Most people don't understand statistical ideas like distribution, correlation, and regression. And even if they understand these concepts, they often find them too complicated for everyday thinking, or impractical for everyday communication. So instead they fall back on essentialist beliefs and generic statements.
For example, "The lower classes are not merely unfortunate, according to the upper classes; they are genetically inferior". This statement attributes a belief about one generic category ("the lower classes") to another generic category ("the upper classes"). It might be someone's subjective assessment based on personal experience, but in this case it's a journalist's description of the results of a series of psychological experiments, describing the fact there was a significant correlation (and a significant multiple-regression coefficient) between a "social class rank" variable and an "essentialist beliefs about class" variable. And as generic statements often do, it risks leaving readers with misleading ideas about the experiment and about the attitudes that it tested.
Here's the context for that quotation — Matthew Hutson, "Social Dawinism Isn't Dead", Slate 1/3/2014:
In 2012 the top 0.01 percent of households earned an average of $10.25 million, while the mean household income for the country overall was $51,000. Are top earners 200 times as smart as the rest of the field? Doubtful. Do they have the capacity to work 200 times more hours in the week? Even more doubtful. Many forces out of their control, including sheer luck, are at play.
But say you’re in that top 0.01 percent—or even the top 50 percent. Would you want to admit happenstance as a benefactor? Wouldn’t you rather believe that you earned your wealth, that you truly deserve it? Wouldn’t you like to think that any resources you inherited are rightfully yours, as the descendant of fundamentally exceptional people? Of course you would. New research indicates that in order to justify your lifestyle, you might even adjust your ideas about the power of genes. The lower classes are not merely unfortunate, according to the upper classes; they are genetically inferior.
The research in question was reported in a paper by Michael Kraus and Dacher Keltner, "Social Class Rank, Essentialism, and Punitive Judgment", Journal of Personality and Social Psychology, 2013. Their abstract:
Recent evidence suggests that perceptions of social class rank influence a variety of social cognitive tendencies, from patterns of causal attribution to moral judgment. In the present studies we tested the hypotheses that upper-class rank individuals would be more likely to endorse essentialist lay theories of social class categories (i.e., that social class is founded in genetically based, biological differences) than would lower-class rank individuals and that these beliefs would decrease support for restorative justice—which seeks to rehabilitate offenders, rather than punish unlawful action. Across studies, higher social class rank was associated with increased essentialism of social class categories (Studies 1, 2, and 4) and decreased support for restorative justice (Study 4). Moreover, manipulated essentialist beliefs decreased preferences for restorative justice (Study 3), and the association between social class rank and class-based essentialist theories was explained by the tendency to endorse beliefs in a just world (Study 2). Implications for how class-based essentialist beliefs potentially constrain social opportunity and mobility are discussed.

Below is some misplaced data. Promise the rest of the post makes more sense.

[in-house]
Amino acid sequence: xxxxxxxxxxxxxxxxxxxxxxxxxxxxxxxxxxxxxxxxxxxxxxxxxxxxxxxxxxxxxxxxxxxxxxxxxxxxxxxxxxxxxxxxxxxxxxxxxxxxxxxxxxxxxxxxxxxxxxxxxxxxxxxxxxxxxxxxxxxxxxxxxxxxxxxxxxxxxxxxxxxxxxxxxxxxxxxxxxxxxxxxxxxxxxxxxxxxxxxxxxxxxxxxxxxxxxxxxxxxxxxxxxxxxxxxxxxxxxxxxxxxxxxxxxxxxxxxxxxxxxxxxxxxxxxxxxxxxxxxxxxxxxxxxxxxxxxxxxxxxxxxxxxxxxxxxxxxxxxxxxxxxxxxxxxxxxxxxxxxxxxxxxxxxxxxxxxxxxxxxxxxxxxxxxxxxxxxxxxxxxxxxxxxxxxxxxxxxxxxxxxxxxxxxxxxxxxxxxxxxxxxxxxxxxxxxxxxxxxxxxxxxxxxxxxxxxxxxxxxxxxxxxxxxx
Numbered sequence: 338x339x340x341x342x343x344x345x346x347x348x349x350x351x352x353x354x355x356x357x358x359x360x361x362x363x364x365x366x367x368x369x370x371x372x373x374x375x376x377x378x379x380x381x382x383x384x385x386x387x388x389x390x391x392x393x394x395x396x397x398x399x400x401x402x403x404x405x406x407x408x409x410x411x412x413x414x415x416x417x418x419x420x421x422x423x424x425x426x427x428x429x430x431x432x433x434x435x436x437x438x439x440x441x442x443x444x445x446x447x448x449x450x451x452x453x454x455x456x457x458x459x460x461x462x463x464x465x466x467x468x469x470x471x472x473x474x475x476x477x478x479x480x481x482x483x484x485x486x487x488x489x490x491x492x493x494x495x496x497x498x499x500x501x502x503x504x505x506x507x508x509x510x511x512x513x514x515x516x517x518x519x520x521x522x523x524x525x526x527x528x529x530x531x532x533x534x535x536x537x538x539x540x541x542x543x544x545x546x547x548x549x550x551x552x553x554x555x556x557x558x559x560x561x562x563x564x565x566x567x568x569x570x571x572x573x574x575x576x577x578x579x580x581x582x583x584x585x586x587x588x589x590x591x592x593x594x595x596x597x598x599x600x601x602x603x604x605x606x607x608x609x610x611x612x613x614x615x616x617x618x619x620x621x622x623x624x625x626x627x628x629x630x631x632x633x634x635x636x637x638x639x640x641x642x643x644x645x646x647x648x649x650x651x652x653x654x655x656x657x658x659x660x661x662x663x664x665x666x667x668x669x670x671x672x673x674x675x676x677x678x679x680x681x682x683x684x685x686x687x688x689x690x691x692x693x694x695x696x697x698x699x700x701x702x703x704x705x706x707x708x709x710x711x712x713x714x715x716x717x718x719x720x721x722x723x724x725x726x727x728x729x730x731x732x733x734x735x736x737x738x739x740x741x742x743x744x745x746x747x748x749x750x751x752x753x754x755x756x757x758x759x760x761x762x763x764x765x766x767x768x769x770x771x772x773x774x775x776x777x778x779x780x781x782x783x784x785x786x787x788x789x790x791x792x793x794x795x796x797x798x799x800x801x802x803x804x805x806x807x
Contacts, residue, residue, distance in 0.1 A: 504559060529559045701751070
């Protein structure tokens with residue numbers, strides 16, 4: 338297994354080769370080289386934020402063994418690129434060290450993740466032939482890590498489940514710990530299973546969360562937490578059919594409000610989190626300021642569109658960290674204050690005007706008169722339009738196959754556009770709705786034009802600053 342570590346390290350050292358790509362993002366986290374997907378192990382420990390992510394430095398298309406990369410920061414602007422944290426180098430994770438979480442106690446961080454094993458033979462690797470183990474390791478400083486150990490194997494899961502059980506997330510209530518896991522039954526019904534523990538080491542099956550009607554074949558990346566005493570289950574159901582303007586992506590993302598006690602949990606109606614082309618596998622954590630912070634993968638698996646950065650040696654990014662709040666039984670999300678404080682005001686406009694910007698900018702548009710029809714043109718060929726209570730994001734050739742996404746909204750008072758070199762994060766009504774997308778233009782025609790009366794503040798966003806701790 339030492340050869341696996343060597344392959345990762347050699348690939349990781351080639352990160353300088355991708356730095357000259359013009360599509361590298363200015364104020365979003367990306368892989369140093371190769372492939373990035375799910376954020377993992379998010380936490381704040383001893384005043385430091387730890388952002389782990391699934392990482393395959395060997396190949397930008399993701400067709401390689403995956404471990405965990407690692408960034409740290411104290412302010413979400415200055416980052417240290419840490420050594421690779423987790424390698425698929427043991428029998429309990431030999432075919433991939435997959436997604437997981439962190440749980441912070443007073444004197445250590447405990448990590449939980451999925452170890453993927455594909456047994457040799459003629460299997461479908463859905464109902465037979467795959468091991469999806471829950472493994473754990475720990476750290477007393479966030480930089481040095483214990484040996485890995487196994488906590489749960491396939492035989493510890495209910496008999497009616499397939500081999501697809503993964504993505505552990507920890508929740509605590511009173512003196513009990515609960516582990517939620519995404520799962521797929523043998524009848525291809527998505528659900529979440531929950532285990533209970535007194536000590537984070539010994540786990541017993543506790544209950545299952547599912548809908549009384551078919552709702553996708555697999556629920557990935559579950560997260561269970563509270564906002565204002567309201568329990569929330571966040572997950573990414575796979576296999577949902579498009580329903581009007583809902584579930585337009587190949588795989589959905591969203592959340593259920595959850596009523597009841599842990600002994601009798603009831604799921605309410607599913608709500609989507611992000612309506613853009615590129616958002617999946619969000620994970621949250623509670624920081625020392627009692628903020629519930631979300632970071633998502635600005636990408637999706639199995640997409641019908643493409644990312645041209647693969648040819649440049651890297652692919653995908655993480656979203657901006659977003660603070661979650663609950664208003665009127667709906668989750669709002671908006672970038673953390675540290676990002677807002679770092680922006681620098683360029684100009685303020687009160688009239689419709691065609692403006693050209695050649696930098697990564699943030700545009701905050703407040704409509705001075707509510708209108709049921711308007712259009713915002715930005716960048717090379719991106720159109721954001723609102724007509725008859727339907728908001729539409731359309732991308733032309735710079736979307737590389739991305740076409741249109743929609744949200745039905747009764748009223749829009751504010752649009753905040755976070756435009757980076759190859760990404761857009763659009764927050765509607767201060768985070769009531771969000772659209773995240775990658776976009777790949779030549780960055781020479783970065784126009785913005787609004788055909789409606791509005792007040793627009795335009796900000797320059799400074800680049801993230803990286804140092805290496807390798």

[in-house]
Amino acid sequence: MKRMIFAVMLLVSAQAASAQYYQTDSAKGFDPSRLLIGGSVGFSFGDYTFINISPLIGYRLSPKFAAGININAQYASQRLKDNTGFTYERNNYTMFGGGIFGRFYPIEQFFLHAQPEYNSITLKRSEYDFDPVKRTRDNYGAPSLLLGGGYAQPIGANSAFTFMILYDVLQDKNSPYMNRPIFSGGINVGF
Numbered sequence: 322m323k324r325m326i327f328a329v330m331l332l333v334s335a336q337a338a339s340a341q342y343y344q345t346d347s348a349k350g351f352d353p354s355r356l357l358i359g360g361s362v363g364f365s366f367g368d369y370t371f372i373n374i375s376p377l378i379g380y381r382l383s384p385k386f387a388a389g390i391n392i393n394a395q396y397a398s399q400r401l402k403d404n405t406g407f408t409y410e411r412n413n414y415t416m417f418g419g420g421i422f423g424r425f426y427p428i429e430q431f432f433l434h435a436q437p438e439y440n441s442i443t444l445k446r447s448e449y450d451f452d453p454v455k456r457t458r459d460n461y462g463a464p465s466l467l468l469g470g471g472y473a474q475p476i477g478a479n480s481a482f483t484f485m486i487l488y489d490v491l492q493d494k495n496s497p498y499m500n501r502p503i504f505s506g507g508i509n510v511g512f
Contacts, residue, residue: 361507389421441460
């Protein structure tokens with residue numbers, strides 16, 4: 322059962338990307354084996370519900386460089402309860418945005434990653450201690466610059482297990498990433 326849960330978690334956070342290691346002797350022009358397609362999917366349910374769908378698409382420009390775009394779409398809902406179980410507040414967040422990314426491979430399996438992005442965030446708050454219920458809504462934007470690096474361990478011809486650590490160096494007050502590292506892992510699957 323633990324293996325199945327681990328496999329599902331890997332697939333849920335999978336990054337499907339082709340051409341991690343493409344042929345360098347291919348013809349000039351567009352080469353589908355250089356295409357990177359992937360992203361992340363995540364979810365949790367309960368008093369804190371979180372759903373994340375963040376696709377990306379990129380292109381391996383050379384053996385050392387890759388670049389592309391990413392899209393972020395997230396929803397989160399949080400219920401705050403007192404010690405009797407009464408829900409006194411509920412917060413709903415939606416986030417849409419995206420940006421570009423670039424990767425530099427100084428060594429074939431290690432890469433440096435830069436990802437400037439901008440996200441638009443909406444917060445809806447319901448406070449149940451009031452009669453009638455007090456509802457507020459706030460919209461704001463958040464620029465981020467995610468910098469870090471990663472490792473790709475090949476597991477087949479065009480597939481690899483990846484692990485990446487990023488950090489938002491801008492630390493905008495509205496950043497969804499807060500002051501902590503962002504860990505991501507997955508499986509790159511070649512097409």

That all makes such perfect sense that some might see this research as analogous to experimental proof of the wetness of water. But that reaction would be inappropriate, since the most striking thing about the experimental results, in my opinion, is how weak they were: the tested fluid is not really very wet at all.
I'm afraid that the facts of the case are complicated, and so it's going to take a while to go through (even some of) them. If you're pressed for time, or not especially interested in the hard life of science writers (and Matt Hutson is a good one, in my opinion), you might want to turn your attention to some of our shorter posts.
Let's start with some of the numbers, and then see what they mean. Here's a table of correlations from that Kraus & Keltner paper:
In order to understand this table, we need to know what the authors mean by the ten variable names that label the rows and columns.
Variable (1), "Social class rank", is the result of a guided self-assessment. Participants "[were] asked to rate their social class based on a measure of subjective socioeconomic status used in previous research (Adler et al., 2000; Kraus et al., 2009)". The cited reference is N.E. Adler et al., "Relationship of subjective and objective social class with psychological functioning: Preliminary data in healthy white women", Health Psychology 2000, which explains that
Participants were given a drawing of a ladder with 10 rungs that was described as follows: “Think of this ladder as representing where people stand in our society. At the top of the ladder are the people who are the best off, those who have the most money, most education, and best jobs. At the bottom are the people who are the worst off, those who have the least money, least education, and worst jobs or no job.” They were then asked to place an X on the rung that best represents where they think they stand on the ladder.
Variables (2) and (3), "Income" and "Education" were measured through simple multiple-choice questions:
Educational attainment was assessed with four categories: (a) less than high school education, (b) high school education, (c) college graduation, and (d) postgraduate degree. Annual income was assessed with eight categories: (a) less than $15,000, (b) $15,001–$25,000, (c) $25,001–$35,000, (d) $35,000–$50,000, (e) $50,001–$75,000, (f) $75,001–$100,000, (g) $100,001–$150,000, and (h) greater than $150,000.